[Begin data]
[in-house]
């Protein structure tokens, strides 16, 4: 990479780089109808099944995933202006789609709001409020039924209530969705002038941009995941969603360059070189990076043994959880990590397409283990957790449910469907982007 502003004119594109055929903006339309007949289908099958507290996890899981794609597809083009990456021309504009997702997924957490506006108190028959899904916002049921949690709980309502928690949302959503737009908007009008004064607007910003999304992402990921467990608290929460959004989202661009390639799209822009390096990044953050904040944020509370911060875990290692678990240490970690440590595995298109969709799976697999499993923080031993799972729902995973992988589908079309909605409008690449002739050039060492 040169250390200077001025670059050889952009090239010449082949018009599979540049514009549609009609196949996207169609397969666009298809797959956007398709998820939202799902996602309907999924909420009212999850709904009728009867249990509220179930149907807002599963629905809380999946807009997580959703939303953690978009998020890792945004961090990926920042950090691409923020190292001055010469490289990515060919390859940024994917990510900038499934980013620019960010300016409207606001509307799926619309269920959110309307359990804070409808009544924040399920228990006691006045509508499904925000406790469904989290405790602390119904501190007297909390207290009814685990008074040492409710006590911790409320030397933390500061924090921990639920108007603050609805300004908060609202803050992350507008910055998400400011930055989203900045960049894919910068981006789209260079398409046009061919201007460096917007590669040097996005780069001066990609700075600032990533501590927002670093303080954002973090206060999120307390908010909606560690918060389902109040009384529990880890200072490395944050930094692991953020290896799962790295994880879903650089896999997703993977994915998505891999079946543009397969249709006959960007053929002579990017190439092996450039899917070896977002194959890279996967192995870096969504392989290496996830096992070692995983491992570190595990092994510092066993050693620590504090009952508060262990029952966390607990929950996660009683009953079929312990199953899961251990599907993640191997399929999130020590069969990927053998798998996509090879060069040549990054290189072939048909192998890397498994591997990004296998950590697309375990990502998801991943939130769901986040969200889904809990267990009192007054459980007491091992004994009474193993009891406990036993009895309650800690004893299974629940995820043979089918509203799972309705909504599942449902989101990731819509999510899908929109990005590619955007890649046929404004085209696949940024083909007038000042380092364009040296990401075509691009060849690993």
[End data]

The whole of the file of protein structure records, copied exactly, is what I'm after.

[in-house]
């Protein structure tokens, strides 16, 4: 990479780089109808099944995933202006789609709001409020039924209530969705002038941009995941969603360059070189990076043994959880990590397409283990957790449910469907982007 502003004119594109055929903006339309007949289908099958507290996890899981794609597809083009990456021309504009997702997924957490506006108190028959899904916002049921949690709980309502928690949302959503737009908007009008004064607007910003999304992402990921467990608290929460959004989202661009390639799209822009390096990044953050904040944020509370911060875990290692678990240490970690440590595995298109969709799976697999499993923080031993799972729902995973992988589908079309909605409008690449002739050039060492 040169250390200077001025670059050889952009090239010449082949018009599979540049514009549609009609196949996207169609397969666009298809797959956007398709998820939202799902996602309907999924909420009212999850709904009728009867249990509220179930149907807002599963629905809380999946807009997580959703939303953690978009998020890792945004961090990926920042950090691409923020190292001055010469490289990515060919390859940024994917990510900038499934980013620019960010300016409207606001509307799926619309269920959110309307359990804070409808009544924040399920228990006691006045509508499904925000406790469904989290405790602390119904501190007297909390207290009814685990008074040492409710006590911790409320030397933390500061924090921990639920108007603050609805300004908060609202803050992350507008910055998400400011930055989203900045960049894919910068981006789209260079398409046009061919201007460096917007590669040097996005780069001066990609700075600032990533501590927002670093303080954002973090206060999120307390908010909606560690918060389902109040009384529990880890200072490395944050930094692991953020290896799962790295994880879903650089896999997703993977994915998505891999079946543009397969249709006959960007053929002579990017190439092996450039899917070896977002194959890279996967192995870096969504392989290496996830096992070692995983491992570190595990092994510092066993050693620590504090009952508060262990029952966390607990929950996660009683009953079929312990199953899961251990599907993640191997399929999130020590069969990927053998798998996509090879060069040549990054290189072939048909192998890397498994591997990004296998950590697309375990990502998801991943939130769901986040969200889904809990267990009192007054459980007491091992004994009474193993009891406990036993009895309650800690004893299974629940995820043979089918509203799972309705909504599942449902989101990731819509999510899908929109990005590619955007890649046929404004085209696949940024083909007038000042380092364009040296990401075509691009060849690993």